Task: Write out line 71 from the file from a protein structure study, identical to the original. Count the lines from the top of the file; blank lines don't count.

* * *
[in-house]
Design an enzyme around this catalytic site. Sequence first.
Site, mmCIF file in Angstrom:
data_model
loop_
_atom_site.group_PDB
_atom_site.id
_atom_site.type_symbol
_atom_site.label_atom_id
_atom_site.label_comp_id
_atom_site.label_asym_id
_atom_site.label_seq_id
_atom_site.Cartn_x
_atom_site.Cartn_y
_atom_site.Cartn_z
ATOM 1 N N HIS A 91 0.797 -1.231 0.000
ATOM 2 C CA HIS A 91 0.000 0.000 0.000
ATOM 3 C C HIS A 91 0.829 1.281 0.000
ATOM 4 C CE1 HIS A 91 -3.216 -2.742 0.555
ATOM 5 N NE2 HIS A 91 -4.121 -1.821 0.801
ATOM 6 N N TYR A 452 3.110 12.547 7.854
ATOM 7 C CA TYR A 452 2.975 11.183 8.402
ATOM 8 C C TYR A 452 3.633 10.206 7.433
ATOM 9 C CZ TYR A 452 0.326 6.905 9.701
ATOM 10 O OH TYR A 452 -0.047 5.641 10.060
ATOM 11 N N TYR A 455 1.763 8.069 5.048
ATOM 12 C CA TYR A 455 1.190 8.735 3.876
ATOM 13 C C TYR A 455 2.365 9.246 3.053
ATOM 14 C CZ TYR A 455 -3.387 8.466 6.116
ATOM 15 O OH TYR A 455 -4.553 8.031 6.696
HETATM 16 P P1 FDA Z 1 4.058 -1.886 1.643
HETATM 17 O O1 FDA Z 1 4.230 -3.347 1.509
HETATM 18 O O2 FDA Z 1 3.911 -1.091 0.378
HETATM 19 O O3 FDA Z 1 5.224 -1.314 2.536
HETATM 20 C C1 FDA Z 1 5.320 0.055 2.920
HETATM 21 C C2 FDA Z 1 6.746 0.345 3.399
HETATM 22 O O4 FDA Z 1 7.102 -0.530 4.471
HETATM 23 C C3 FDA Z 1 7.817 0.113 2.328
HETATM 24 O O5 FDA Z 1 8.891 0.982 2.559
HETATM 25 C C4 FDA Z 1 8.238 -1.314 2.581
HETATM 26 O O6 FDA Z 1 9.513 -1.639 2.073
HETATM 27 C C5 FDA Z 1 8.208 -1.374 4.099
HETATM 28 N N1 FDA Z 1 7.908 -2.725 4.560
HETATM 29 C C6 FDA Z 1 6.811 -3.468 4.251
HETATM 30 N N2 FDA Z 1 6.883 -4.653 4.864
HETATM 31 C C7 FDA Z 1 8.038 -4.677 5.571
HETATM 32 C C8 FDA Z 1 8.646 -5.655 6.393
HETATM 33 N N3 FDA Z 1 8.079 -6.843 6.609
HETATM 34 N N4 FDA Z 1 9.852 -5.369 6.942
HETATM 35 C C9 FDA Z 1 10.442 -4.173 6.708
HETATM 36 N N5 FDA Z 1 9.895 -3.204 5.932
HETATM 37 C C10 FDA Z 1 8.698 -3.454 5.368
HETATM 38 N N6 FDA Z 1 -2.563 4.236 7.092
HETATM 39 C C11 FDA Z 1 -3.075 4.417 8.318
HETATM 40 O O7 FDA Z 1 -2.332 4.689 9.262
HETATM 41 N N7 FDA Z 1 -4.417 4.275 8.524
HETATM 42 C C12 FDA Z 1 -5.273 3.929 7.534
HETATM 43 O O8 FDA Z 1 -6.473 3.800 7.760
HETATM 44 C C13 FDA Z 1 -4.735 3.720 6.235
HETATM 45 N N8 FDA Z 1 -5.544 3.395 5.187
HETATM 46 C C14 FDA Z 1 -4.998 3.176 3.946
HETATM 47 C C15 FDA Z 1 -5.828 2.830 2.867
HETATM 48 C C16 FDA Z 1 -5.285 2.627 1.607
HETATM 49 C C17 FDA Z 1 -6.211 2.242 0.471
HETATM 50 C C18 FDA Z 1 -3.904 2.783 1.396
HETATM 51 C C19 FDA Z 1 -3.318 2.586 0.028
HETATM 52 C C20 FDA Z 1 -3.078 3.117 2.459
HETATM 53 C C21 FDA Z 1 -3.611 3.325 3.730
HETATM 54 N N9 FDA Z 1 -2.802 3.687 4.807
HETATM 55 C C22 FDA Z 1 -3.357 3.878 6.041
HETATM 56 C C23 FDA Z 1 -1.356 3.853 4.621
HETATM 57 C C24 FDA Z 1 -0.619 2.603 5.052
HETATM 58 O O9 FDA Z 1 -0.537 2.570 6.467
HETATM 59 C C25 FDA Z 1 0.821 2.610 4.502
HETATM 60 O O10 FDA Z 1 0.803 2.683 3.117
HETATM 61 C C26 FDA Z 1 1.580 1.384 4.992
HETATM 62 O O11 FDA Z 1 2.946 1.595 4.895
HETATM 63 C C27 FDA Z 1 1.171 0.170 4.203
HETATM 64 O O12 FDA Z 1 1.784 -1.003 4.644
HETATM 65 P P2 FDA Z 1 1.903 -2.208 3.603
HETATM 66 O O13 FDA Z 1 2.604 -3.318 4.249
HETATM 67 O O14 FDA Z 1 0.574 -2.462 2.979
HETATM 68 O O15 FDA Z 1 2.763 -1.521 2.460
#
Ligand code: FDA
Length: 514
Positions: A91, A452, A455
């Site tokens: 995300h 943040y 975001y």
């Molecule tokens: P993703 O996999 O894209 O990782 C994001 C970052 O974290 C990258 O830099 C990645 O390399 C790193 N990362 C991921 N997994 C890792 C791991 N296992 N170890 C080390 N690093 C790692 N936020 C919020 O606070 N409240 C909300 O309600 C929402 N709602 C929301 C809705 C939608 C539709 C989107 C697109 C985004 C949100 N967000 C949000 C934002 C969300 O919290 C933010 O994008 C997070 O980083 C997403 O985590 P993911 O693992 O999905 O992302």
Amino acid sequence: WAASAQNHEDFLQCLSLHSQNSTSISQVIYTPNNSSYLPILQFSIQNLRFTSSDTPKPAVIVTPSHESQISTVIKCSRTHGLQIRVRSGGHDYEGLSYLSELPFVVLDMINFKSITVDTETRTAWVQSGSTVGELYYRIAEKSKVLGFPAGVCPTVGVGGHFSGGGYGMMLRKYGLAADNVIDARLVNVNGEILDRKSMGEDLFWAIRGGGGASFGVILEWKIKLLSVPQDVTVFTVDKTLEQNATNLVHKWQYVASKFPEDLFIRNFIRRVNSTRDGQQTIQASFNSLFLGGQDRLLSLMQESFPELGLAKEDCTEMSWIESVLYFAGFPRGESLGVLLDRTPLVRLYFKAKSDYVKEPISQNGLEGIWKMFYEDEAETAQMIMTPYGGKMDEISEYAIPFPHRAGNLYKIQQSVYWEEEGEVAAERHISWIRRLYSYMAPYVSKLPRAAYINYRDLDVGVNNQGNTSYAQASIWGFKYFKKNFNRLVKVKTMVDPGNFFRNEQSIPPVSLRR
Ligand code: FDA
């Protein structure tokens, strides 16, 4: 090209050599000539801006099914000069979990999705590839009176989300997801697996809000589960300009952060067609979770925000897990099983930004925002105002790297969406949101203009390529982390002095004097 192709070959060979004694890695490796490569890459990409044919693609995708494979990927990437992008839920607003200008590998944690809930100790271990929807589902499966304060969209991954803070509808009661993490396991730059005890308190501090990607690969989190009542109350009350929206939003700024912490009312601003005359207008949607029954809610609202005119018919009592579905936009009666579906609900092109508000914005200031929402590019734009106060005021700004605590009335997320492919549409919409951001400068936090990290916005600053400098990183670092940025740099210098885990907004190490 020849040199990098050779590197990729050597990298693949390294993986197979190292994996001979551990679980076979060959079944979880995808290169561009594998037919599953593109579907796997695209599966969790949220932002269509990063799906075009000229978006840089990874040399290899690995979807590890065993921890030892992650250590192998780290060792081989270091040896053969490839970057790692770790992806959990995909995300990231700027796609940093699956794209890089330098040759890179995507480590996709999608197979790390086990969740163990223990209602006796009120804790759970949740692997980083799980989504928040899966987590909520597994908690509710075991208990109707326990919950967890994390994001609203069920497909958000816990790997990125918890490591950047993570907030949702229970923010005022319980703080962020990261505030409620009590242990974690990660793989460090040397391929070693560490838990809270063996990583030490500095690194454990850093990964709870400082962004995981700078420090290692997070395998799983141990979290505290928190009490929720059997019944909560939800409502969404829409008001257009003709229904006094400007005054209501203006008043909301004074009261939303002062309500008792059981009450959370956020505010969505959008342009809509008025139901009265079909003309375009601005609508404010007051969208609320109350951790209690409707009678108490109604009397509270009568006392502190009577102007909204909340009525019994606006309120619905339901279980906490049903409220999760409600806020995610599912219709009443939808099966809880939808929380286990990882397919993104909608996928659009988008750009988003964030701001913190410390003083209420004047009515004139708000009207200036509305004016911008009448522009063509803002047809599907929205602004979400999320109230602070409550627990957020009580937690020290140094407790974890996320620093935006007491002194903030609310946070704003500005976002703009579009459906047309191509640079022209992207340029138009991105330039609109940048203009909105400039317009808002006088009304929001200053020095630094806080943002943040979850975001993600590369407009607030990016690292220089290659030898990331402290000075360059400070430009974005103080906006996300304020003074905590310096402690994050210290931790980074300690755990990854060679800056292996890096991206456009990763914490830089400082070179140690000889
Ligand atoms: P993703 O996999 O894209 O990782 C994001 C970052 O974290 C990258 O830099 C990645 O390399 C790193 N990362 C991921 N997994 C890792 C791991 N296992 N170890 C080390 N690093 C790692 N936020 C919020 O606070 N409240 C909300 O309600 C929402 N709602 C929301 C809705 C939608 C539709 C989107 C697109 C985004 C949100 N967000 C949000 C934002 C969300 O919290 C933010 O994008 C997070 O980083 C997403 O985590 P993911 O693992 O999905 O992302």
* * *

HETATM 56 C C23 FDA Z 1 -1.356 3.853 4.621